Recollections of Waterloo College, described as a memoir by one of Wilfrid Laurier University's best-known and most revered instructors, is a very strange book. Flora Roy's recollections are sometimes disingenuous and often misleading, as she recalls events based mainly on gossip, hearsay, and social conversation. She regularly describes herself as an outsider, and admits that she knew little of university politics and did not participate in them. She chose not to read the local newspaper, but notes that someone had told her 'something' and that was enough for her. Names are misspelled, even that of the institution that became the University of Waterloo; and critical dates, including the formative decision of the Lutheran Synod as a result of which the former Waterloo College became [End Page 292] an independent university, is off by three years. The notion that the truth is in the details seems to have escaped the author of these recollections. It makes one wonder what else is amiss.
Roy's narrative has its redeeming features when she refers to Kingsley Amis's Lucky Jim, a rollicking and humorous account of university life in postwar England, and describes the 'Lucky Jim party' in her own department. Roy is also a character who could have been invented by Amis. Like Lucky Jim, she arrived at a small redbrick university. She had not completed her dissertation, but was made a full professor and head of her department. This, she alleges, was a ploy on the dean's part to make it impossible for her to move to another university. Her description of an early visit to Waterloo is out of a Kingsley Amis novel. While in her hotel room, she received a phone call inviting her to the bar for a drink. Immediately, 'I put a chair back under the door handle of my room that night, the trick I had learned in the Saskatchewan hinterland.' When 'a young woman who allowed herself to be picked up in a fairly respectable coffee bar' was found dead in a field, Roy alleges that the chief of police did not pursue the matter vigorously, and as far she could tell the case was dropped. When Roy was invited to the dean's house for a social evening, she believed that the evening was pleasant and she was sure that all would be well for her in Waterloo, except that 'I don't think I was ever seated at the table again.' Then there was the question of her clothing. When a colleague suggested that she dressed perhaps too soberly, she was quick to point out that her clothes were made by the seamstress who made clothes for the wife of a future governor-general, and if this was not good enough, Roy sewed her own blouses. She arrived at Waterloo, she said, 'with a perfect wardrobe that I could have worn with assurance to Buckingham Palace.' Attending the local Anglican parish, she found it difficult to pay attention to the well-meaning rector while the 'intellectually challenged (then called idiot) son of the caretaker was in the front pew, but sitting half turned around so that he could make faces at the congregation all through the service.' What does one make of Flora Roy's memoirs? Endearing, perhaps. Malicious, sometimes. Insightful, depending on one's point of view or demand for scholarly accuracy. Read them, but be wary.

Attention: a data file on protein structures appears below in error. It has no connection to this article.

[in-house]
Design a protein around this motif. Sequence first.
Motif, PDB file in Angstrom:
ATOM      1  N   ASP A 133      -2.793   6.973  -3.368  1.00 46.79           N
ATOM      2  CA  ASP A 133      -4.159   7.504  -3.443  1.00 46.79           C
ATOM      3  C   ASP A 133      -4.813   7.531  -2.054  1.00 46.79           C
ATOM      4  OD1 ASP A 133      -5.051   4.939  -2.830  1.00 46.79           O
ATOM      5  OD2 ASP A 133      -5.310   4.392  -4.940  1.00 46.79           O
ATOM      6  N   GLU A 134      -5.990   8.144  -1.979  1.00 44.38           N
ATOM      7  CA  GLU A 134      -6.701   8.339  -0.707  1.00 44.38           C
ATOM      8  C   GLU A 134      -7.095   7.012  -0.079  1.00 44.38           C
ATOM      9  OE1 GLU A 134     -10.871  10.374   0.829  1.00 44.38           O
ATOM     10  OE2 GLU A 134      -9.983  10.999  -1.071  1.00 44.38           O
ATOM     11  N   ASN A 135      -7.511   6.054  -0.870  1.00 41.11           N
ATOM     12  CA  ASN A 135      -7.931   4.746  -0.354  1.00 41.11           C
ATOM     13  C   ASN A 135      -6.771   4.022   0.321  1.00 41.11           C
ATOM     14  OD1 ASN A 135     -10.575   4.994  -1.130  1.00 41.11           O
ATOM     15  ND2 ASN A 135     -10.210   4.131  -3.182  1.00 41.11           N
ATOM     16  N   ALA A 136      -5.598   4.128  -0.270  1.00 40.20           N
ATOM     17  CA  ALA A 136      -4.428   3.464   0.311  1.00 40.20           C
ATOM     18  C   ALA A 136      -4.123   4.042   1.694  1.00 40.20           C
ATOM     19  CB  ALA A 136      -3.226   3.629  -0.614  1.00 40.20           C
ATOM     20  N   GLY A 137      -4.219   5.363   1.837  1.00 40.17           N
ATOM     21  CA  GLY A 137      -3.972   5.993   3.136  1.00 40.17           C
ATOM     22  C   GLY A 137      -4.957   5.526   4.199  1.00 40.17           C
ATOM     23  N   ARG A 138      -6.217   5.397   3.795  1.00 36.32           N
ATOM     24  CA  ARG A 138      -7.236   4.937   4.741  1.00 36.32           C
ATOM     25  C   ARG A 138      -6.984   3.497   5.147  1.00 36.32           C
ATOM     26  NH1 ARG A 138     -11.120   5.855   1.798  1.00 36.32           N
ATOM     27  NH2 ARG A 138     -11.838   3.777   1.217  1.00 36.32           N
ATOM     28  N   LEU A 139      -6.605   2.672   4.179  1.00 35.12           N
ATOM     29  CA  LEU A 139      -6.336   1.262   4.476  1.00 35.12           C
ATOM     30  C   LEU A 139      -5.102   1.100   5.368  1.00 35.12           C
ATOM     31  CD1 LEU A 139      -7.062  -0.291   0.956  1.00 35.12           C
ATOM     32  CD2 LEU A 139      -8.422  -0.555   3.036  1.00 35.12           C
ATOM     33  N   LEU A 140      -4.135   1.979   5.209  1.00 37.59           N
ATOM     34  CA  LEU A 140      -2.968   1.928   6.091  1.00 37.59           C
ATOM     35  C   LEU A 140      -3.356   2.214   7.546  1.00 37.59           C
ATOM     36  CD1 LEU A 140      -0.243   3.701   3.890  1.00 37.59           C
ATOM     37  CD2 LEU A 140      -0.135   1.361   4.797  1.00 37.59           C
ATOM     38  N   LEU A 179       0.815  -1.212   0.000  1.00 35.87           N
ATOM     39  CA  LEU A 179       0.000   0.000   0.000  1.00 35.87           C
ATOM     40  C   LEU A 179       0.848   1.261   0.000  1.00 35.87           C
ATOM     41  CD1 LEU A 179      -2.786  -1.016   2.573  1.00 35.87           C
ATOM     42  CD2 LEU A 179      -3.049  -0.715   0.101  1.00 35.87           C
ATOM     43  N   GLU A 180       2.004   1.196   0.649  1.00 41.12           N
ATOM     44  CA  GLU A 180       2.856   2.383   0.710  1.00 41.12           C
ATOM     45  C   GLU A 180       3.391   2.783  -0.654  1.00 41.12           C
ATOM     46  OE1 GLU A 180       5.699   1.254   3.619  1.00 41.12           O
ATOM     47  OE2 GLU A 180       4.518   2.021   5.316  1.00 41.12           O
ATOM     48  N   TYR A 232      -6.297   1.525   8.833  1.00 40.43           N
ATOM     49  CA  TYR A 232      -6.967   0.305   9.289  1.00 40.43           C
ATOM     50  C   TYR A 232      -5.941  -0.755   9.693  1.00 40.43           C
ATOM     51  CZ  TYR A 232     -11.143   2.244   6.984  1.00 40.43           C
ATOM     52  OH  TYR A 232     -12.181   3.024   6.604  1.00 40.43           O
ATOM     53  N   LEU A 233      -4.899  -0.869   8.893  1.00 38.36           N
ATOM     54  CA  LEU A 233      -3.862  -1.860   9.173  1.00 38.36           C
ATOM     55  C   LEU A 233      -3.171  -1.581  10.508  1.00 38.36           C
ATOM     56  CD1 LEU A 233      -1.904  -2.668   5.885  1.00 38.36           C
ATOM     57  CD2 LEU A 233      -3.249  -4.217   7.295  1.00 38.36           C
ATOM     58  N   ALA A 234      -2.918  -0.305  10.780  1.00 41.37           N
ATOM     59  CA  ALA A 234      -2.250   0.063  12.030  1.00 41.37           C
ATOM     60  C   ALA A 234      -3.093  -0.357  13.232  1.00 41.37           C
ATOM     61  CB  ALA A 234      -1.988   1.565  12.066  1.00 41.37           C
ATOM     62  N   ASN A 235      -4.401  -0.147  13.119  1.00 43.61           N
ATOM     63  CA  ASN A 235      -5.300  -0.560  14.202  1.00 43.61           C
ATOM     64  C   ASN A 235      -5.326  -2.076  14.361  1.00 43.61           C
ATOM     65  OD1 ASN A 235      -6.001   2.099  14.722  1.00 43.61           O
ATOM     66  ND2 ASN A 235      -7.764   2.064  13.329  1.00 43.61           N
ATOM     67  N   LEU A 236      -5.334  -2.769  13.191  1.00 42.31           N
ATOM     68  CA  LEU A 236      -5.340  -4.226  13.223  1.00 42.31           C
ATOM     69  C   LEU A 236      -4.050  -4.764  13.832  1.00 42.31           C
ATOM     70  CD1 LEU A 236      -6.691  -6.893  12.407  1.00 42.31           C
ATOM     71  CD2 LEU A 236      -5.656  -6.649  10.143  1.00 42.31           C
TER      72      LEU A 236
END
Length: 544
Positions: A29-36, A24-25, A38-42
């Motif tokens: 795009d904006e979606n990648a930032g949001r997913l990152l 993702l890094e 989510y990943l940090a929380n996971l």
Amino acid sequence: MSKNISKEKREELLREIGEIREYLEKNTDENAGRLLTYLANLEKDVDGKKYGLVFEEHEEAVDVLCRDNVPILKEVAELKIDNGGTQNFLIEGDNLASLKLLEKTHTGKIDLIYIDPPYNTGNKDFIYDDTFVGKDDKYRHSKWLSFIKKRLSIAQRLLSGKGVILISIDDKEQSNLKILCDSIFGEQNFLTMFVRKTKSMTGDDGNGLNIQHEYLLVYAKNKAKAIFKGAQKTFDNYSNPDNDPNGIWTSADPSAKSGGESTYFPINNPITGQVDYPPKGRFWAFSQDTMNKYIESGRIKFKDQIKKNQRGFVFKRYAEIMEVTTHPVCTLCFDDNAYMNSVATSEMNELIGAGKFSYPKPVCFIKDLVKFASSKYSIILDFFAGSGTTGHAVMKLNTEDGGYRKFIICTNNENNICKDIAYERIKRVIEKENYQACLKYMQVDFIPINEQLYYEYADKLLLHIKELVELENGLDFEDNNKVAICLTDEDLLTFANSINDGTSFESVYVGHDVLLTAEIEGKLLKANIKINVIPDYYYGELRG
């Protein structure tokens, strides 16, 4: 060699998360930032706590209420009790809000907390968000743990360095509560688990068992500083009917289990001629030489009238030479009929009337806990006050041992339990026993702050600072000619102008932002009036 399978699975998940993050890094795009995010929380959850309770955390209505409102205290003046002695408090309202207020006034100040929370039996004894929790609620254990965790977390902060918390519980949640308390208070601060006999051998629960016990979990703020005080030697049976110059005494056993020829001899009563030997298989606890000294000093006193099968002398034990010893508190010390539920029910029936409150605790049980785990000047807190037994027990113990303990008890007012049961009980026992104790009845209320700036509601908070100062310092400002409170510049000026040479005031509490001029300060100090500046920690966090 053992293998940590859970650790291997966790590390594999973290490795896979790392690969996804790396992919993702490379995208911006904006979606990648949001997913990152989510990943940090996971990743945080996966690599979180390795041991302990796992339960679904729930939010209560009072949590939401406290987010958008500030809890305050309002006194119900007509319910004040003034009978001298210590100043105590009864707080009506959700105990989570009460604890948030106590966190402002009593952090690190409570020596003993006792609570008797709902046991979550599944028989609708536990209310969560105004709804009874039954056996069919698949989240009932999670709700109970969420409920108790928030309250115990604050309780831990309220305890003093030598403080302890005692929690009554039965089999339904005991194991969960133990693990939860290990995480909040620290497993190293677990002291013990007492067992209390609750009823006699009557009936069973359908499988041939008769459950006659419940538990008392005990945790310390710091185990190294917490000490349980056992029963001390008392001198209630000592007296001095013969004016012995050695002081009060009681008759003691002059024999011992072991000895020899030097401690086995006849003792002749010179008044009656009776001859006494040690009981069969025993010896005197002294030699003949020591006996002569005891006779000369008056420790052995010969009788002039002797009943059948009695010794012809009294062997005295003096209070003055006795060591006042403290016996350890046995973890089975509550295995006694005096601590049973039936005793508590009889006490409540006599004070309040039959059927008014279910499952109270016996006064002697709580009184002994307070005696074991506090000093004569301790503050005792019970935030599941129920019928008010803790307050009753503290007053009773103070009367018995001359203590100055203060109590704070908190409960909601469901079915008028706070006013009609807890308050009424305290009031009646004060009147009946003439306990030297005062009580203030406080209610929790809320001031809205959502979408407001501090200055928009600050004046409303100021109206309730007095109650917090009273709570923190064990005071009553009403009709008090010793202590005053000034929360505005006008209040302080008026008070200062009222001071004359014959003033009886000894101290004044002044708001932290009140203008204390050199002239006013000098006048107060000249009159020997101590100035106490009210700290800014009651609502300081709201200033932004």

Kenneth McLaughlin, Department of History, University of Waterloo